Wrongful Death

There is no tragedy that a human being can face that cuts deeper than the death of a loved one. A loss that is nearly unbearable on its own is made even worse with the knowledge that it was caused by actions that could have and should have been prevented. Any death that occurred due to the negligent or irresponsible actions of others can fall under the category of wrongful death. When a wrongful death occurs, those left behind can pursue compensation for pain and suffering, loss of income, and other economic and emotional factors.

The law firm of Lewis & Tompkins helps families in Virginia, Maryland and DC effectively pursue damages involving wrongful death claims. If you are seeking legal guidance in this complex area of the law, contact our offices today.

Common Examples of Wrongful Death Drunk Driving

In 2004, over 16,000 people were killed on our nation’s roads and highways in alcohol related accidents. A person who gets behind the wheel while under the influence of alcohol is obviously not just putting himself in danger. Drunk driving is a criminal and reckless act that has taken the lives of thousands of innocent and responsible drivers.

Defective Products

Manufacturers of any product have a responsibility to the general public to ensure that there are no dangers from its use. Unfortunately, there are several examples where this wasn’t the case. Ignorance of the dangers of materials used, inferior and faulty assembly, or sometimes simply naked greed have been the contributing factor to thousands of product related deaths.

Asbestos: For years, contractors and construction and textile manufacturers used this cancer-causing material in their products. Asbestos damage can have a latency period of up to thirty years, and tens of thousands of construction and mill workers died of asbestos-related illnesses before Congress outlawed its use in 1970.

The Dalkon Shield: In 1971, the A.H. Robbins Company released this Inter-Uterine Device (IUD) to American women with an enormous marketing campaign. At the height of its popularity, close to 3 million women were using the device. Within a year, A.H. Robbins was receiving complaints of women suffering from pelvic inflammatory disease and tubal infertility, as well as cases of ectopic pregnancies and septic abortions. After twelve Dalkon Shield-using women died, the device was finally pulled off the market in 1974. The fault lay in the design of the device, which left women vulnerable to bacterial infections.

Dangerous Drugs: When pharmaceutical giants Merck and Pfizer both developed a so-called “super aspirin” that could ease arthritic pain without the common stomach ailments that were common in similar medications, the marketing blitz was enormous. Both companies spent billions of dollars in advertising, and arthritis sufferers everywhere were told in magazines, newspapers, radio and television to ask their doctors about Vioxx or Bextra. But both Merck and Pfizer covered up in-house studies that indicated that heart patients who took these drugs were risking an increased chance of heart attacks and strokes. The marketing campaign continued unabated for years while Merck and Pfizer stonewalled the FDA and buried the damaging reports. While there isn’t anything wrong with marketing a decent product, sacrificing the safety of your customers in order to gain a bigger market share is unforgivable. Merck finally pulled Vioxx off the shelves in 2004, while Bextra, which also has been linked to severe and sometimes fatal skin diseases was only recently recalled in late 2005.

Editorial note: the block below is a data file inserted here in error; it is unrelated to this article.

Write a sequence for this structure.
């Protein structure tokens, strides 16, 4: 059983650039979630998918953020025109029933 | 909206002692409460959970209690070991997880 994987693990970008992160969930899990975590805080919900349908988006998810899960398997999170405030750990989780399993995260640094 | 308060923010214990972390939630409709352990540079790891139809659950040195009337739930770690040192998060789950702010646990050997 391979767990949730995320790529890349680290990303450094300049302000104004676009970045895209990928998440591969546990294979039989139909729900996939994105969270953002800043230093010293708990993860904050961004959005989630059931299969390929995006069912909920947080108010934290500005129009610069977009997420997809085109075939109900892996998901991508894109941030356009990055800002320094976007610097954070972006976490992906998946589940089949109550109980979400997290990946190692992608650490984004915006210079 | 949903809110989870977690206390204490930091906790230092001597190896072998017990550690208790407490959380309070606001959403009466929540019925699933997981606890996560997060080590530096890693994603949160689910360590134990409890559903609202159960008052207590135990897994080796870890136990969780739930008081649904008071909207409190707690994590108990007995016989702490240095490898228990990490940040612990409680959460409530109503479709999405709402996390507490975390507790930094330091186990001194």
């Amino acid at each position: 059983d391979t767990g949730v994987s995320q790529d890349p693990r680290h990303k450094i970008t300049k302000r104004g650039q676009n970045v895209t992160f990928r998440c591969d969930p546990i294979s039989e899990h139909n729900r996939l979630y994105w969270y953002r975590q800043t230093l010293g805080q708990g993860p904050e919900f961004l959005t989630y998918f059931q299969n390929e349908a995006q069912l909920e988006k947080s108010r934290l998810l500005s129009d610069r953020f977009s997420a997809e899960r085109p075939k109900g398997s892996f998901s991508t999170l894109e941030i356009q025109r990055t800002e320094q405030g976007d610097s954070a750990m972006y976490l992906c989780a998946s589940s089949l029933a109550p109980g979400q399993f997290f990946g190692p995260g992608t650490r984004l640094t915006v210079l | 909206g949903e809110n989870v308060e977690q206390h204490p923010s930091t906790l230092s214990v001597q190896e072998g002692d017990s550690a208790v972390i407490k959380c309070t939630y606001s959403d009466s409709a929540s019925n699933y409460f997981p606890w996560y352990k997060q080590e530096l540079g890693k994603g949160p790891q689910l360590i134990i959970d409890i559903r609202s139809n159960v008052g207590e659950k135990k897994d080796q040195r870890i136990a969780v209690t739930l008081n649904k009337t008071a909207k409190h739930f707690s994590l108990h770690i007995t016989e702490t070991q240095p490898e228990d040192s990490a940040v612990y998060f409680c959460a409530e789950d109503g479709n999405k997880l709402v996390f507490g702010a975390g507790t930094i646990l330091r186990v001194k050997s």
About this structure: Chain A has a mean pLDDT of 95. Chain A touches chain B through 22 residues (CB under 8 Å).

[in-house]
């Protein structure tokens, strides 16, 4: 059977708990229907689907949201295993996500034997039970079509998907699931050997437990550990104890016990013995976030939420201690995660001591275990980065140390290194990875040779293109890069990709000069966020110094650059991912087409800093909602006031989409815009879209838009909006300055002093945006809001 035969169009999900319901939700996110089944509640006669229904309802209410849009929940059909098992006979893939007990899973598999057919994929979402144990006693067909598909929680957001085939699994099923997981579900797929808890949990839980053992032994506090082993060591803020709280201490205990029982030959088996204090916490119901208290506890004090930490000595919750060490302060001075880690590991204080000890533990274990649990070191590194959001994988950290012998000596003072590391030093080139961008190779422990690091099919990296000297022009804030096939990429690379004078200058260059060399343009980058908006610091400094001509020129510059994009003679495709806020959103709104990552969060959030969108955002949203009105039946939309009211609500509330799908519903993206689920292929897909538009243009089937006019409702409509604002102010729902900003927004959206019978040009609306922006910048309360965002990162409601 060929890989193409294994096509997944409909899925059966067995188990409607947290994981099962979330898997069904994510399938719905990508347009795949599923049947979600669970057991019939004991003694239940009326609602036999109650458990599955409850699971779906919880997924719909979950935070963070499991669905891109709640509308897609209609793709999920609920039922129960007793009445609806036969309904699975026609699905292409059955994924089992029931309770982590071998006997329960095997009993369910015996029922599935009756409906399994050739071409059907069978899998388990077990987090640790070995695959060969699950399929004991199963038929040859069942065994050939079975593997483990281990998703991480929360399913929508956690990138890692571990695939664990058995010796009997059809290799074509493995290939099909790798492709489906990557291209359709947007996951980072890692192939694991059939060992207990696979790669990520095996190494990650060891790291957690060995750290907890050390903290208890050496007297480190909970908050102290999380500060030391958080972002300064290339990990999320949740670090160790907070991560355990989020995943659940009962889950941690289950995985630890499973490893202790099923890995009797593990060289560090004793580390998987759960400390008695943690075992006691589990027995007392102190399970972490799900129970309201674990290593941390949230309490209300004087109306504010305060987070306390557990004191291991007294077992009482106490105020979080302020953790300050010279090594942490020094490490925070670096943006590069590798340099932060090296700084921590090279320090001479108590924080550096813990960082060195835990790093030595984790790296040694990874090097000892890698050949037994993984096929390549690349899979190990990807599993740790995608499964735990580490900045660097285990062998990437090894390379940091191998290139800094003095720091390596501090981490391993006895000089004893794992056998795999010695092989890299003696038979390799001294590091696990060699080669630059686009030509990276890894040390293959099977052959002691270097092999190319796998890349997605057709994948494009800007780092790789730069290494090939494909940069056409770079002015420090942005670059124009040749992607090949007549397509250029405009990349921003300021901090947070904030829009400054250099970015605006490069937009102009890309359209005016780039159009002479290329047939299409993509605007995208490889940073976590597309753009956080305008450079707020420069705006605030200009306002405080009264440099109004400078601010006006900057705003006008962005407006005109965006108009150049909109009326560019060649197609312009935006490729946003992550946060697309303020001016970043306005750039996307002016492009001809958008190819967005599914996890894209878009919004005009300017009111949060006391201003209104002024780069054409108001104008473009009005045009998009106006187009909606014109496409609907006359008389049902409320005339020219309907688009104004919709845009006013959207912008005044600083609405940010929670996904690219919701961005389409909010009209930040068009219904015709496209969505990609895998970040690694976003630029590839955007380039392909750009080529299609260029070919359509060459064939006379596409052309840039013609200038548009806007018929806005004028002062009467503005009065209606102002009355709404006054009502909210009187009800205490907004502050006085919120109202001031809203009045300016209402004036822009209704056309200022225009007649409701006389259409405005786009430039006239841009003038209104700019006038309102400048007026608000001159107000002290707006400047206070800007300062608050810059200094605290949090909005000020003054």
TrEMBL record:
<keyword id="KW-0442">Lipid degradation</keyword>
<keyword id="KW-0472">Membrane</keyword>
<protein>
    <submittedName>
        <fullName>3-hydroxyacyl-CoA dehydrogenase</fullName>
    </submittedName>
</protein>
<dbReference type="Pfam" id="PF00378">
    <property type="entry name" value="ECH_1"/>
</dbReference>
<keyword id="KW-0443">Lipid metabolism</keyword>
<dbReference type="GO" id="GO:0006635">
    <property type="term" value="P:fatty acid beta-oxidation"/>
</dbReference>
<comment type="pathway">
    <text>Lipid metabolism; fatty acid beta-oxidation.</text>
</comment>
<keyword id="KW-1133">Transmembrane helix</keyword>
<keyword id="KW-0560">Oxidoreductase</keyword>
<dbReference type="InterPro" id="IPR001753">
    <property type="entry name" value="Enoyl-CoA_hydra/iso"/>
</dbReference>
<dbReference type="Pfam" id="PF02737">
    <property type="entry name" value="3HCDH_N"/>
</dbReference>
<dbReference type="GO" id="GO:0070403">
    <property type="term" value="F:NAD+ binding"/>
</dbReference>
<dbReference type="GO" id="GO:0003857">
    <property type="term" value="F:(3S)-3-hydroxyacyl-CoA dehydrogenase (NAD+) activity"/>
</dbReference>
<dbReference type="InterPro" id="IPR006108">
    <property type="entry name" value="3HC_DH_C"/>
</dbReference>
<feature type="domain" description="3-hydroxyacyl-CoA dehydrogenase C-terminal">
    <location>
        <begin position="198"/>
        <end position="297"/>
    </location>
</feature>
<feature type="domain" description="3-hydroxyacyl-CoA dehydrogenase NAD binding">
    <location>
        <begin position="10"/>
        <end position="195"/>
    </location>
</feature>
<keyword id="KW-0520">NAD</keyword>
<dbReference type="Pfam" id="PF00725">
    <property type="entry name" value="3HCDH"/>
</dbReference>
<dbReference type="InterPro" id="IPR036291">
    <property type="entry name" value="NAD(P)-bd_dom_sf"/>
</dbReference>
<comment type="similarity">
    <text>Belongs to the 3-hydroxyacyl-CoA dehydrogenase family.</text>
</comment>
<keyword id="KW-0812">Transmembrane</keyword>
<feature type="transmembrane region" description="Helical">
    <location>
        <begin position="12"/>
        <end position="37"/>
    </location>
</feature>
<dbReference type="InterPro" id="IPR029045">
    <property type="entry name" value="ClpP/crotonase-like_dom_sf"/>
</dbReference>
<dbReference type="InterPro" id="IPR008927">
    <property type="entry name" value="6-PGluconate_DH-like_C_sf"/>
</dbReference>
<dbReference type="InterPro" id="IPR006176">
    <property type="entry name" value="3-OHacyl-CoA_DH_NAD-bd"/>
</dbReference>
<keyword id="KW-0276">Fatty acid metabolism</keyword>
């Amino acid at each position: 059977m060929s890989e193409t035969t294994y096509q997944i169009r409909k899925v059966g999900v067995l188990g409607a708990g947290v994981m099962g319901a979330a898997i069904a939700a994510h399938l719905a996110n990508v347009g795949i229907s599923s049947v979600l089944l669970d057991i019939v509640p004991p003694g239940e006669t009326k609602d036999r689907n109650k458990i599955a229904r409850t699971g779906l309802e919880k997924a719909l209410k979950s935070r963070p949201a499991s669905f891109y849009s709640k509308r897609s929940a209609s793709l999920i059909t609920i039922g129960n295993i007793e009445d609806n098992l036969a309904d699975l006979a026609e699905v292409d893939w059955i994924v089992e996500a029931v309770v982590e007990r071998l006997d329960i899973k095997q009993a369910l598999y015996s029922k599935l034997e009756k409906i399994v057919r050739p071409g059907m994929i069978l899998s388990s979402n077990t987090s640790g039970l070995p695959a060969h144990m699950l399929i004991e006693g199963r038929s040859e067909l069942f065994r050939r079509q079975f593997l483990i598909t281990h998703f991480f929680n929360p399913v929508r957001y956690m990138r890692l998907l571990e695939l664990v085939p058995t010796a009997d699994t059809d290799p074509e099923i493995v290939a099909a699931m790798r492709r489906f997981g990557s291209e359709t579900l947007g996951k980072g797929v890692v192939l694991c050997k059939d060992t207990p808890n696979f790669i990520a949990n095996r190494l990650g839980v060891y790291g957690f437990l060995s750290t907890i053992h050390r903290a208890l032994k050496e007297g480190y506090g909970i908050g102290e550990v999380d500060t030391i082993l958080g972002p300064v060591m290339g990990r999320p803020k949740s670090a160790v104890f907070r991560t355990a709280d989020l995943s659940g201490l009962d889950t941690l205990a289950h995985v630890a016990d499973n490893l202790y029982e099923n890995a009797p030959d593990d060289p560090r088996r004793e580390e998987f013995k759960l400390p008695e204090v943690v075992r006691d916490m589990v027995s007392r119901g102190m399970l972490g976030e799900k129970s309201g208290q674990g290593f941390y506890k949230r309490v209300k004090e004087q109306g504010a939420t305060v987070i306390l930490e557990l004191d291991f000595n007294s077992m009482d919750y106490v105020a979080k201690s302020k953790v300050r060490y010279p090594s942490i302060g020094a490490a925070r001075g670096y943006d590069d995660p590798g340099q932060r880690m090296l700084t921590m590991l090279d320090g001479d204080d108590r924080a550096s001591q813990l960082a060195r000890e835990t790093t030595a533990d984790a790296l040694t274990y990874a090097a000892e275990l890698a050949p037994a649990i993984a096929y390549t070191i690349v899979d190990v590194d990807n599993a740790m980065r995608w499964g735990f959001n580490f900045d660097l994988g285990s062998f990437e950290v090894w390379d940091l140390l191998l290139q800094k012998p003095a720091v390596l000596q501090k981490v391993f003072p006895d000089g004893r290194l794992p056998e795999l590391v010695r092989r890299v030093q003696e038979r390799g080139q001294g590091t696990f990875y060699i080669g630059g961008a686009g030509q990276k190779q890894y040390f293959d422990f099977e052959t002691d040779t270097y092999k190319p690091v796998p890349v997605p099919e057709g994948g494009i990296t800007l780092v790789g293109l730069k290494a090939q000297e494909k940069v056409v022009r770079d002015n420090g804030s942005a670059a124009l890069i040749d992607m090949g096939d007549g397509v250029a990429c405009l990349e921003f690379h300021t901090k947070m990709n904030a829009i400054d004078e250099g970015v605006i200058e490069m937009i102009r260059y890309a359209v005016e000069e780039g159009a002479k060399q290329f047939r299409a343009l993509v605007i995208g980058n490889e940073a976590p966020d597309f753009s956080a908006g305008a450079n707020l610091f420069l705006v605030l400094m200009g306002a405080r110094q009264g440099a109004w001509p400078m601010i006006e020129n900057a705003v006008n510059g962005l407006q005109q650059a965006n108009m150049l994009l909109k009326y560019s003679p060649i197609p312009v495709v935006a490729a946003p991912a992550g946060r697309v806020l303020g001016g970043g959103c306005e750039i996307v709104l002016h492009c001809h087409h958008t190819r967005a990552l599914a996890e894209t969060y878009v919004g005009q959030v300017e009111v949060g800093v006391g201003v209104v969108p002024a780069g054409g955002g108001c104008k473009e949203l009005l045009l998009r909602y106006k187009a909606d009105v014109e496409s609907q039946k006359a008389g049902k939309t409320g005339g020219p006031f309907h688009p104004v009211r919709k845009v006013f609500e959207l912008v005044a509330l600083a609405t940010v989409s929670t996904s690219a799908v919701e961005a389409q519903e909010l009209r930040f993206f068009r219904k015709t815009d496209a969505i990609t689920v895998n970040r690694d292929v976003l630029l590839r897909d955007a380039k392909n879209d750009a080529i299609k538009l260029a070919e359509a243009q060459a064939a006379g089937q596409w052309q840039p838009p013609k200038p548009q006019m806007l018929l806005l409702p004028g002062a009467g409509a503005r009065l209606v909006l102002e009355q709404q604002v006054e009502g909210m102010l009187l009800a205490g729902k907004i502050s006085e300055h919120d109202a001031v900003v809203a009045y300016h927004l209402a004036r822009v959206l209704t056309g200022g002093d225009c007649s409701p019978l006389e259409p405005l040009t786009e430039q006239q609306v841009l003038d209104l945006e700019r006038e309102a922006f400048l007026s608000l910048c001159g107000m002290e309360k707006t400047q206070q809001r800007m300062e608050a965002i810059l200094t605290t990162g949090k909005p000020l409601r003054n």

Unstable Buildings

The main priority of architects, contractors and inspectors should be the safety of the public. Anything else is a secondary concern. A contractor that takes shortcuts or uses faulty equipment is putting innocent lives at risk. Building owners have responsibilities as well, and neglecting them can prove disastrous.

The Hyatt Regency Hotel, Kansas City, Missouri: The Hyatt Regency Hotel was supposed to be the crown jewel of a massive urban re-development project. The most impressive aspect of the design was the enormous lobby, which had two levels of balconies that surrounded all four sides of the room. Rather than use traditional methods of support, the architect called for the balconies to be suspended from the ceiling by one and half inch steel rods. Upon completion of construction in 1979, the hotel held a ball in the lobby, complete with a jazz orchestra. Disaster struck when one of the balconies, which were neither adequately built nor properly supported, snapped loose from the ceiling and fell on top of the crowded dance floor. The result of this criminally shoddy planning and construction was 113 dead and 186 injured.